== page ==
Sheâ€™s a strong woman. Despite this strength, her husband Hamza keeps his relationship with a woman from Zahleh secret for more than thirty years without her knowing. When Hamza dies, Nahil forgets everything bad about him. She mourns him, cries over his corpse, and asks for forgiveness for him. The truth disappears at the moment of his death. Itâ€™s as though this truth is erased; it becomes absent at that moment as though it had never been, as though it hadnâ€™t ever been there to start with. When I try to remind her of things about Hamza and his love stories that she did and didnâ€™t know, she starts repeating, â€œOh Abu Ibrahimâ€¦Oh Abu Ibrahim, whatâ€™s all this talk?â€ trying to get up from the chair which each year starts seeming bigger and bigger than her emaciated body.
Her magic powers don’t mean that she knows about Hamzaâ€™s movements. He keeps telling her that he wants to store up ice and sell it during in the summer to merchants and people riding on the train between Beirut and Damascus who stop in the â€˜Ayn Soufar station. Selling ice in Soufar stops after refrigerators started becoming widespread, the train also stops and there isnâ€™t a station there anymore. But Hamza keeps on saying that he works there and Nahil keeps up the appearance of believing him. After his death, she finds lots of letters amongst his papers as well as verses of poetry and love poems that perhaps he intended to send to the woman who he loved. But this all remains in his leather suitcase, preserved with care in the wooden cupboard above the door. This life of his doesnâ€™t prevent Nahil from going, after his death, to a photography studio to have color added to his photo and hanging it on the wall.
The day we leave for Australia, Hamzaâ€™s colored photograph is still hanging in the middle of the living room. By talking about him, Nahil keeps his presence in the house strong. Sometimes I think that sheâ€™s making Hamza into a fairytale heroâ€”a man everyone fears, especially my father. Nahil makes sure heâ€™s still ever-present in the house, she always recounts stories about him and keeps his picture hanging in the living room.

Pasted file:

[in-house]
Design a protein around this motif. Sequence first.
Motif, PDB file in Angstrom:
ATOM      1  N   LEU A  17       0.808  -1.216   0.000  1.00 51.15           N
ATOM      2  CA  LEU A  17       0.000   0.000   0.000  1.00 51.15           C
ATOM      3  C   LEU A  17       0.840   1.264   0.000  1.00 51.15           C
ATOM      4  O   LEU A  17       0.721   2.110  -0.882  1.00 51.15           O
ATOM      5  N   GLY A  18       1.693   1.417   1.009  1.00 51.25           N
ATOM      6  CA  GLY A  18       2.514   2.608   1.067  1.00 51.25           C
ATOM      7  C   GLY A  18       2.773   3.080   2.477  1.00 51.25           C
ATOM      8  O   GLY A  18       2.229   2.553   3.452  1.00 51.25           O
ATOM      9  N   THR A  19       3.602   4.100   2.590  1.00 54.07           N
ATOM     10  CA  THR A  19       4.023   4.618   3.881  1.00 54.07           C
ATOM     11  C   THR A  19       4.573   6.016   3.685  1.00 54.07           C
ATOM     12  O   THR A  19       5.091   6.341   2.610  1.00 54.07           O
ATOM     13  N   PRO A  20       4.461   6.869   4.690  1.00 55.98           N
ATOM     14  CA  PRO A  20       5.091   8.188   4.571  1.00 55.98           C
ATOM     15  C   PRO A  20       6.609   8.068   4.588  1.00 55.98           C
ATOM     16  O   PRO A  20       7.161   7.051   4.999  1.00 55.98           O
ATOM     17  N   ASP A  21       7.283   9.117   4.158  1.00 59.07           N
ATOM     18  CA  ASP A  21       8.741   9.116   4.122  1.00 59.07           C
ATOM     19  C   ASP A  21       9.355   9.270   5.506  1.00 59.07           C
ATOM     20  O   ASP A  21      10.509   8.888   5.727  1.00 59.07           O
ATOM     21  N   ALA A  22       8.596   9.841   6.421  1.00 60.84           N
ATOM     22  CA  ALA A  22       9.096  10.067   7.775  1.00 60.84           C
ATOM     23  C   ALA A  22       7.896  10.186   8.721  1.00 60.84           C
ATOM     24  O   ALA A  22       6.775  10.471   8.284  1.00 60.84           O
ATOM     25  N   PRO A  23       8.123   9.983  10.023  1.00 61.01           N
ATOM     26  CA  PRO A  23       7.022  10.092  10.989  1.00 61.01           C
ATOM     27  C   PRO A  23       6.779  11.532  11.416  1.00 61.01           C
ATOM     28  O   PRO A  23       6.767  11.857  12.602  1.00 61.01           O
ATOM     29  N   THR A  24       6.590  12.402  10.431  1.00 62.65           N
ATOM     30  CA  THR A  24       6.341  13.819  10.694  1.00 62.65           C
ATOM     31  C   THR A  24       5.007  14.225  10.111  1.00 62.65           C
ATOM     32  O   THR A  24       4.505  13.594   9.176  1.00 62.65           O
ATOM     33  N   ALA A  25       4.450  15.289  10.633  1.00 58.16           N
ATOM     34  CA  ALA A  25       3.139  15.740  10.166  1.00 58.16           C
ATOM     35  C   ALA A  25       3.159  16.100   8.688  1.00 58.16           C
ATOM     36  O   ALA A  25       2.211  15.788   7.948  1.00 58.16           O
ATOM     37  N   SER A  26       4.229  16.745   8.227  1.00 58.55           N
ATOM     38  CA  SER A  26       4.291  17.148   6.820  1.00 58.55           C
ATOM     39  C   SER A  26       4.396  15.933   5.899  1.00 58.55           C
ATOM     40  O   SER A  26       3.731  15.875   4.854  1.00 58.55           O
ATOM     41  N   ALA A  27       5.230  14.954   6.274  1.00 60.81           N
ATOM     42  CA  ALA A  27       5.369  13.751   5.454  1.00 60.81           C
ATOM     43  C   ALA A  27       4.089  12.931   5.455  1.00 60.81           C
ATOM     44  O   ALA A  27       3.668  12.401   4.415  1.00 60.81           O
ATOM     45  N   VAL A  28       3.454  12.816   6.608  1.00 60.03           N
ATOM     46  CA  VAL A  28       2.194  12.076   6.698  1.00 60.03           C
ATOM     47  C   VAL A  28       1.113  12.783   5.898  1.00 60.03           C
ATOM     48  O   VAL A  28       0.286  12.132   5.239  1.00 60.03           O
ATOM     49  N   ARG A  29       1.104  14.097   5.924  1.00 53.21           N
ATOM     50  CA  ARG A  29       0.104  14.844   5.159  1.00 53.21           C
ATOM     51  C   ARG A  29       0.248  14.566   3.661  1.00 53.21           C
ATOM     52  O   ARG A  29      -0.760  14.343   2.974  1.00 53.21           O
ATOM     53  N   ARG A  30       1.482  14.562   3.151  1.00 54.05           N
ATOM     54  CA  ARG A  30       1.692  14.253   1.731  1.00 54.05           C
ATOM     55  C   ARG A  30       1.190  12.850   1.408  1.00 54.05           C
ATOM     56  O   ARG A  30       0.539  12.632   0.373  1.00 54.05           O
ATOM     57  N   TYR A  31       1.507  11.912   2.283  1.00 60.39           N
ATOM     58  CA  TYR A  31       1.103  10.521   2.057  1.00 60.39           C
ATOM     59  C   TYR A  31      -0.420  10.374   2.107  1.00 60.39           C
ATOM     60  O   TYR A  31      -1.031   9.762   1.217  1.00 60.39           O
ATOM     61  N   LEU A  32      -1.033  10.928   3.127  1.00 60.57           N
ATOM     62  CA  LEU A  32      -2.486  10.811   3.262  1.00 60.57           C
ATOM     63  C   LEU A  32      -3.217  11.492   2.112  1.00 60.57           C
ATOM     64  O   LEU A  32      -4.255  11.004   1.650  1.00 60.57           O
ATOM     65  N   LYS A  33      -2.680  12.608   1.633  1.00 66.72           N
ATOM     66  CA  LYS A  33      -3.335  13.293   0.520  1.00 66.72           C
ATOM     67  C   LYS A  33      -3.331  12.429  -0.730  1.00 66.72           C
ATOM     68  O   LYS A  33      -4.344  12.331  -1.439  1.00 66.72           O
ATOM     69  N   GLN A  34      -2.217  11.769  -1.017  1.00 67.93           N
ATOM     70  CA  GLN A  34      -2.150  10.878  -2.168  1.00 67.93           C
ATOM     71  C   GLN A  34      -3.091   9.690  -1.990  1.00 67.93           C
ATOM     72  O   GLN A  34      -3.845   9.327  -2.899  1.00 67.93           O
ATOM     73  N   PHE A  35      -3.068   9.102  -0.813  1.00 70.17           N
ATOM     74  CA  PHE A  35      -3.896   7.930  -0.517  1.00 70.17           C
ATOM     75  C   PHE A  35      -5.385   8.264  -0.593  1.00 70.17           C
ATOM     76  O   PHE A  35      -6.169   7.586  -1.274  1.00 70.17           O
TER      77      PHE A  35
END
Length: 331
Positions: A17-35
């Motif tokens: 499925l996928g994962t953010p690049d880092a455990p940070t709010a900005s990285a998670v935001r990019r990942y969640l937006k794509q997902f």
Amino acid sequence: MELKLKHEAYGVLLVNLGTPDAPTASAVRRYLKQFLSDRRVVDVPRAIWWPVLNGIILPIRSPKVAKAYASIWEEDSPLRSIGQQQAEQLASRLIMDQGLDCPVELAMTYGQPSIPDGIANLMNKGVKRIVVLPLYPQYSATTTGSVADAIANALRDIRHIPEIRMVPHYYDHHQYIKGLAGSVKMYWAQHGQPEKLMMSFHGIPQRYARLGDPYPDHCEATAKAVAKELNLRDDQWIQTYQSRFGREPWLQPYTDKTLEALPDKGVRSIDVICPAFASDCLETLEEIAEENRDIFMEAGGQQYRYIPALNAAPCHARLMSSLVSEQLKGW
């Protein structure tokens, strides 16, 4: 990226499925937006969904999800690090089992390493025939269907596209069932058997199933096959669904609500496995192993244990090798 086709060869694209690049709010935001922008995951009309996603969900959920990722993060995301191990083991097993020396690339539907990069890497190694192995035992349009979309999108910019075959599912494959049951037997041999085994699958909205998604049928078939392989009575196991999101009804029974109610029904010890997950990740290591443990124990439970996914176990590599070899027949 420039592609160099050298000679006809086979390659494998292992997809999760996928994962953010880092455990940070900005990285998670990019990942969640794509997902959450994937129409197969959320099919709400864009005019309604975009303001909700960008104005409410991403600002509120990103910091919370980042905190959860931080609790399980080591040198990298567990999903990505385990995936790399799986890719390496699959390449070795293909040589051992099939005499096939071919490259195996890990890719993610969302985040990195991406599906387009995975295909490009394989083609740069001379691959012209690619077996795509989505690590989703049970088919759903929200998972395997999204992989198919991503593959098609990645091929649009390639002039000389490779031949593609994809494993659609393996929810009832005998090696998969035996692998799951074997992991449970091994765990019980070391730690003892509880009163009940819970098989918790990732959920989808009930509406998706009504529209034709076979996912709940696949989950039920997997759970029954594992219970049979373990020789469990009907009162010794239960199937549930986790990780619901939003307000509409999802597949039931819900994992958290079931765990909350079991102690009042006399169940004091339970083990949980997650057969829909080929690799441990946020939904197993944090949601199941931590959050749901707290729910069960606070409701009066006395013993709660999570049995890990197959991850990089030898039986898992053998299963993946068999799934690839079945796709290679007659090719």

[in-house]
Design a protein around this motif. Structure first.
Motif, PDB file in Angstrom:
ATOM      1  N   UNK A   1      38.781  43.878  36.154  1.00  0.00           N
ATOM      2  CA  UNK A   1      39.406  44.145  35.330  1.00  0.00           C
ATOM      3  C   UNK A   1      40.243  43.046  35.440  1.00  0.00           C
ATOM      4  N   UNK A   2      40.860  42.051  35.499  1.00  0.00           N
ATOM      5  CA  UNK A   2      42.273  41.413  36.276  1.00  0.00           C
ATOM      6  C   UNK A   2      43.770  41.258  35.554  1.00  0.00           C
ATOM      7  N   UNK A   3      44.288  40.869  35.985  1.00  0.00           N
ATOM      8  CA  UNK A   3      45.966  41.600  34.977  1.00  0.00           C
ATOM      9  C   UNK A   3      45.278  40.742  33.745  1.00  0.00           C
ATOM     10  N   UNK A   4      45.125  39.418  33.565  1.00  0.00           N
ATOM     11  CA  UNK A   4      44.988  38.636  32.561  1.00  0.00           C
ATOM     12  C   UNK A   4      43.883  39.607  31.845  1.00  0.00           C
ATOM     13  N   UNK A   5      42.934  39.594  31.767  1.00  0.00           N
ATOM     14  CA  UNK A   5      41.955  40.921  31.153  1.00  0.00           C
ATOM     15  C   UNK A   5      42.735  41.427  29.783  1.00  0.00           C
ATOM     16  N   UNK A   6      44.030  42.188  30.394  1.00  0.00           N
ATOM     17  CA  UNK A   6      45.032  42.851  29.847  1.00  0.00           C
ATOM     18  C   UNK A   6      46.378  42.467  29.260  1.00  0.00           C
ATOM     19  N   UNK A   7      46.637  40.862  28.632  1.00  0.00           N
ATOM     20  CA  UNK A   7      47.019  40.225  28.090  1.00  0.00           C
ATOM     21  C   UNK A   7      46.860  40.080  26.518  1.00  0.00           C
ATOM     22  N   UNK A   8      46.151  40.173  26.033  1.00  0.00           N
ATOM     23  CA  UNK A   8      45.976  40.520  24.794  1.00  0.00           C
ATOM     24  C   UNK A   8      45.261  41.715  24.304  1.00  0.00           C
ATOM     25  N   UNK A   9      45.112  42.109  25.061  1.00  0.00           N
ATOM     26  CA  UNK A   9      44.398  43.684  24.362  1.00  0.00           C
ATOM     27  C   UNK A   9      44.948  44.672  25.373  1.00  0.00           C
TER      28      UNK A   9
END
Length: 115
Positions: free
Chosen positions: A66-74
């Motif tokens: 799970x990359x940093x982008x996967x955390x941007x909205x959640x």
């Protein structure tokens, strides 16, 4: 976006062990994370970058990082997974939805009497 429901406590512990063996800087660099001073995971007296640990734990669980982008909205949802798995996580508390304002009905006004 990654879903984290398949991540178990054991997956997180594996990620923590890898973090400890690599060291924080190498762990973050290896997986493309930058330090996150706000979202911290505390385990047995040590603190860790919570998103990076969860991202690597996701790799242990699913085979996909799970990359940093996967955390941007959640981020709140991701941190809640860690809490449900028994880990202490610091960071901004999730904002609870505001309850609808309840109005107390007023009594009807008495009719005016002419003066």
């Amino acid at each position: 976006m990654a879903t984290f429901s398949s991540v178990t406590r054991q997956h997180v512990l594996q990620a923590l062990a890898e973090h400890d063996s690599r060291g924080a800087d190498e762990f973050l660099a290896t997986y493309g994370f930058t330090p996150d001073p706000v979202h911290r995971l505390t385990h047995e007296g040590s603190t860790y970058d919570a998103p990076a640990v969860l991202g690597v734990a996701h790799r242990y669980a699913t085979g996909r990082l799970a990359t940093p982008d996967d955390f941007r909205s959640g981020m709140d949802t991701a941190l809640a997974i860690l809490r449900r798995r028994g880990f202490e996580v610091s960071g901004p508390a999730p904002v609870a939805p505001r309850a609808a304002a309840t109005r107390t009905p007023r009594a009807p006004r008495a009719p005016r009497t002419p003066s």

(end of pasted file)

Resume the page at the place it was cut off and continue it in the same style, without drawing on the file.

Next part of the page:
After his death, Nahil takes the original black and white picture to Harut, the photographer, near our house in Zuqaq al-Blat, and asks him to color it.
In the beginning, Harut is perplexed by Nahilâ€™s request. He tells her that men never ask to change the color of their photographs, only women do. Nahil insists, almost losing her patience, â€œHamza entrusted it to me and died, how can you know what he would have wanted?â€ She takes his small cloth belt out of her bag and gives all the money in it to Harut, saying, â€œIf you donâ€™t know how to color it, Iâ€™ll take it to Vicken.â€ Vicken is the owner of a studio near AUB. She doesnâ€™t want Harut to choose only the colors he wants for Hamza; she wants all the colors.
She stands in front of him with the picture in her hand and starts describing the color of the shirt that heâ€™s wearing in the picture, the color of the trousers and also of the tarboush, though they all seem to be the same color. Before leaving the studio, she wants to be sure of everything. Every time he shows her a colored photograph taken from the black box behind the curtain, she shakes her head disapprovingly and asks him to redo it. Harut colors my grandfatherâ€™s cheeks red, and his lips too, so he looks like a clown dressed up in a fighterâ€™s clothes. As for the weapon that looks frightening in black and white, in the new picture it seems to be made of plastic, the kind children carry when theyâ€™re playing war.
The male line in our house ends with my brotherâ€™s death. Nahilâ€™s repeated complaint is no useâ€”she wants more male children for my father, but my mother Nadia refuses to have more than two children: my brother Bahaâ€™ and me. Sheâ€™s afraid that another pregnancy would end with the baby dying and so she refuses to have a big family. Sheâ€™s carried this with her from her own childhood; itâ€™s a fear that sheâ€™s been living out from the first time she gave birth; it pre-dates even her marriage to Salama.